July 10, 2018
Research funding at Purdue highest ever
WEST LAFAYETTE, Ind. — Purdue University generated a university record $454.5 million in sponsored research funding for fiscal year 2018, which ended on June 30. The amount raced past the funding for fiscal year 2017, which was $418 million, and set a university record for the fourth consecutive year.
For fiscal year 2018, corporate and foundation funding of scientific and engineering research accounted for 30 percent of the total, and funding from the National Science Foundation and the Department of Health and Human Services/National Institutes of Health accounted for 15 percent and 14 percent of the total, respectively.
Suresh Garimella, executive vice president for research and partnerships, and Purdue's Goodson Distinguished Professor of Mechanical Engineering, said that the talent of Purdue researchers and the availability of advanced facilities at the university enable world-changing research.
"I congratulate our faculty members, professional staff, and students for achieving the highest sponsored research funding ever at Purdue," he said. "This was also the broadest portfolio of funders for the university, which reflects how much the reputation of the research here has spread."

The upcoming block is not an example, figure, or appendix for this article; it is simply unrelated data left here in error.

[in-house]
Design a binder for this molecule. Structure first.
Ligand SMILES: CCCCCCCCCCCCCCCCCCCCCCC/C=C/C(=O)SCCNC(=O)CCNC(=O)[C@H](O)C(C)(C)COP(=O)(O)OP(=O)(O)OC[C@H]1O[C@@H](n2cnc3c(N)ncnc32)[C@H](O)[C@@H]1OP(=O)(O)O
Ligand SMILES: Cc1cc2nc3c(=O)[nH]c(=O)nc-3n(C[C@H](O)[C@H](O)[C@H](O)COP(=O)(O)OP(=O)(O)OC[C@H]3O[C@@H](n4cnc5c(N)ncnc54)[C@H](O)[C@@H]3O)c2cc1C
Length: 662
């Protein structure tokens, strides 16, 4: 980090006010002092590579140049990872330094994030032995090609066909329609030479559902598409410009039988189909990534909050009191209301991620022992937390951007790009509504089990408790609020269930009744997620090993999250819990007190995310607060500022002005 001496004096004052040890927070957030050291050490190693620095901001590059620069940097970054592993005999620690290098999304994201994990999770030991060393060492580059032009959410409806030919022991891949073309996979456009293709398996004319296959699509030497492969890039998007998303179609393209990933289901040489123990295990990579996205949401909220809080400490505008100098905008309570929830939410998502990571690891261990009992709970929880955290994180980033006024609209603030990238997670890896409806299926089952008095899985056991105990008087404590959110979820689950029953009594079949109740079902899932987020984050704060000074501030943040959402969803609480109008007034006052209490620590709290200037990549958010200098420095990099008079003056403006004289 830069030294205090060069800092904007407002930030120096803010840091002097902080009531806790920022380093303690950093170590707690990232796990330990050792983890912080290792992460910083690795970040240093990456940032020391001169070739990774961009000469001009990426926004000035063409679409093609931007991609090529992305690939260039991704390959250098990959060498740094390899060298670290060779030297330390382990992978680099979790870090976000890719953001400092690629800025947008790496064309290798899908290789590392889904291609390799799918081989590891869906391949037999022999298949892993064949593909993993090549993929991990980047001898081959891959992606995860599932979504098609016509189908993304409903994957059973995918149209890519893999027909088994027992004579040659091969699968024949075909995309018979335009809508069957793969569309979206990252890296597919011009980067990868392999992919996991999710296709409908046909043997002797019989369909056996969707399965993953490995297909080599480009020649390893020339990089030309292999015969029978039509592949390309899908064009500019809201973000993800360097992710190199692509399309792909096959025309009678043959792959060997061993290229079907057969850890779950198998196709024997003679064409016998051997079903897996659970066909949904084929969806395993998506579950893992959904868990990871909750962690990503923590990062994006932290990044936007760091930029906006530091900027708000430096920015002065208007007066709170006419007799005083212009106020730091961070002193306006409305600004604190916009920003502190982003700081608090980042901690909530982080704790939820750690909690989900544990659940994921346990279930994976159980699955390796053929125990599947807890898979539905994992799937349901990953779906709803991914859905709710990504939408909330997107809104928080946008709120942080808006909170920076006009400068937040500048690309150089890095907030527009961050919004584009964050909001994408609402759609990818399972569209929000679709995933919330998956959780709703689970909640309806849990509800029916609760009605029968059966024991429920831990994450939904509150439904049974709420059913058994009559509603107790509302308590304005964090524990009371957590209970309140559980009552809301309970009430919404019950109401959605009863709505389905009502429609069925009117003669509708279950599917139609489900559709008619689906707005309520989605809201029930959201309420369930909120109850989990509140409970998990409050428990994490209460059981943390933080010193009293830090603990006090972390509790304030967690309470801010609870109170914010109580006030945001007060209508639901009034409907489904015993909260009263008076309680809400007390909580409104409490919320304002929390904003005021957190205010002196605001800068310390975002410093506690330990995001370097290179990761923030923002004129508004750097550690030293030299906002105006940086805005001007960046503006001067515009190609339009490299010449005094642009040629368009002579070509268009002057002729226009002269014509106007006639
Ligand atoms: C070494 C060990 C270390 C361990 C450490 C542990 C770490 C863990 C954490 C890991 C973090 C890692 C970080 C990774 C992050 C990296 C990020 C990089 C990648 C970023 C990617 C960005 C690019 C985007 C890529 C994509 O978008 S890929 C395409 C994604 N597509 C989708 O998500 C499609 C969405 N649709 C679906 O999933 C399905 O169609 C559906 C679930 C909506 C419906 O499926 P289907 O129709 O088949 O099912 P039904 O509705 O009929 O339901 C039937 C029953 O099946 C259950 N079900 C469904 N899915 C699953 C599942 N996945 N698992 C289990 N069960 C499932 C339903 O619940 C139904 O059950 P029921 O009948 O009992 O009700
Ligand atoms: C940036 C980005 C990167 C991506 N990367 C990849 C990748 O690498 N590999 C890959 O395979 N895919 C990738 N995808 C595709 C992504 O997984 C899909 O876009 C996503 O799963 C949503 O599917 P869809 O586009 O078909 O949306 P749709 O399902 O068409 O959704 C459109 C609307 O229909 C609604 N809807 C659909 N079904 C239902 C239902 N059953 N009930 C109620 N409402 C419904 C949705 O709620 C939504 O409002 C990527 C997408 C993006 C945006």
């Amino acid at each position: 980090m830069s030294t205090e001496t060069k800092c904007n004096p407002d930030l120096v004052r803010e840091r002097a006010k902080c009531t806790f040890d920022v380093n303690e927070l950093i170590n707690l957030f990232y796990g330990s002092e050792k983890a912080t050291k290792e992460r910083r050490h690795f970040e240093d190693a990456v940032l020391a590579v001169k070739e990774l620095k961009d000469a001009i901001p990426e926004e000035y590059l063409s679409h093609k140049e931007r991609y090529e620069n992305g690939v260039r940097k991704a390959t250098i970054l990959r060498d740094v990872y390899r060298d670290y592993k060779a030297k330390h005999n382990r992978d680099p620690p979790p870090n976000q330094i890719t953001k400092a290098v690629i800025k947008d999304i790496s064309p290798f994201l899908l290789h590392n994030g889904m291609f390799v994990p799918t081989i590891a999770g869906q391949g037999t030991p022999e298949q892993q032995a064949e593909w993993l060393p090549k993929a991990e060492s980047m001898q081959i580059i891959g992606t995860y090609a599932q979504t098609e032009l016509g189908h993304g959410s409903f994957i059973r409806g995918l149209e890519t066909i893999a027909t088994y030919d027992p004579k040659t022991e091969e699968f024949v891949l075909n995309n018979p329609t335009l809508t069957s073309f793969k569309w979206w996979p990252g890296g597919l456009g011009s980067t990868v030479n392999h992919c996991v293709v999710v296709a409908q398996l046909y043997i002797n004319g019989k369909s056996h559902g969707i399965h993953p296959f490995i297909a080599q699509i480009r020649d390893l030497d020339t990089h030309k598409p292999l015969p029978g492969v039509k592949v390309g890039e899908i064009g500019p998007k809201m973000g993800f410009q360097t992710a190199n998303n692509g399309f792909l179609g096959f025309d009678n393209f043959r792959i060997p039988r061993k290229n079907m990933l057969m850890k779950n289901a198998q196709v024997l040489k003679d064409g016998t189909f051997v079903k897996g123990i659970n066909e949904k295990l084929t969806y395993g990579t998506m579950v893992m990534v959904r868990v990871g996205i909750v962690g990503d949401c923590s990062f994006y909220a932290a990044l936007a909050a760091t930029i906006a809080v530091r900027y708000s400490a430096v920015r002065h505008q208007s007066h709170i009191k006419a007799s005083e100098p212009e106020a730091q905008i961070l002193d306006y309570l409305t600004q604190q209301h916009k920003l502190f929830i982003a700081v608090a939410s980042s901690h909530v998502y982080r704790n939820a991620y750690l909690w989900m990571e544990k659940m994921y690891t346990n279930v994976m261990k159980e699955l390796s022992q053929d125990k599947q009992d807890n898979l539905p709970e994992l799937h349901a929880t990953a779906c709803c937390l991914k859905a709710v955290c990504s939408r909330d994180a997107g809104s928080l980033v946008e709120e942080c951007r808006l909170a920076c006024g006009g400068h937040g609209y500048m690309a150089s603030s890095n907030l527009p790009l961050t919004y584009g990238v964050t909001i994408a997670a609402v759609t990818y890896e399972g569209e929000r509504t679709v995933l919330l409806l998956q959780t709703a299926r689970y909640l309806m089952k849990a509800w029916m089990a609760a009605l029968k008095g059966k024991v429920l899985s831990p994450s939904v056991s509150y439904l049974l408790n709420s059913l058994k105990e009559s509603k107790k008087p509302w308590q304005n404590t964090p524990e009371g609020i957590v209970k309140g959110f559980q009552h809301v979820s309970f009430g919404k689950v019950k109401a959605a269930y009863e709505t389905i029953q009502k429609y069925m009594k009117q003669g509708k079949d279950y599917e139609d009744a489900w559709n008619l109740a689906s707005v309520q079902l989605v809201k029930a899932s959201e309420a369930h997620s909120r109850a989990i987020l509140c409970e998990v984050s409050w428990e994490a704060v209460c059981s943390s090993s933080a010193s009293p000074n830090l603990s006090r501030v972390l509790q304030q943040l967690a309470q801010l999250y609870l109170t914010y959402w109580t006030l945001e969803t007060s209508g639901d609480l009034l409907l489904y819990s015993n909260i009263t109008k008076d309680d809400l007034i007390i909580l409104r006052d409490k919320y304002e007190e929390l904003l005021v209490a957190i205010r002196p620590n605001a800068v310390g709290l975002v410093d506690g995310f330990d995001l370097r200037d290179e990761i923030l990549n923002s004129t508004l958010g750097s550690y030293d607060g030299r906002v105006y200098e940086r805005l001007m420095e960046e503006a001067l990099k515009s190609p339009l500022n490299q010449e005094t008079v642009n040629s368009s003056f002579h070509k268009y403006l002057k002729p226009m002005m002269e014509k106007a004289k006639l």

Research funded at Purdue in fiscal year 2018 includes:
• $4.2 million from Rolls-Royce, and $6 million from the Indiana Economic Development Corporation for the Purdue Experimental Turbine Aerothermal Laboratory to improve compact gas turbine engines.
• $6.7 million (of a multi-year $27 million grant) from the Semiconductor Research Corp. to fund a new national center to develop brain-inspired computing for intelligent autonomous systems such as drones and personal robots capable of operating without human intervention.
• $5 million over five years from the Bill & Melinda Gates Foundation to develop stronger, more versatile varieties of sorghum that have the potential to reach millions of African farmers.
• $3.5 million (of a $20 million multi-year grant) from the National Science Foundation to develop new technologies to produce fuels from U.S. shale-gas deposits that could inject $20 billion annually into the economy.
• $2.2 million from the National Institutes of Health's National Center for Complementary and Integrative Health to investigate the development of the musculoskeletal system with an eye toward repairing damaged limbs.
Writer: Steve Tally, 765-494-9809, firstname.lastname@example.org, @sciencewriter
Sources: Suresh Garimella, 765-494-6209, email@example.com, @svgarimellaNote to Journalists: An overall release on Purdue University’s record year in research and partnerships, and in donations, is available here.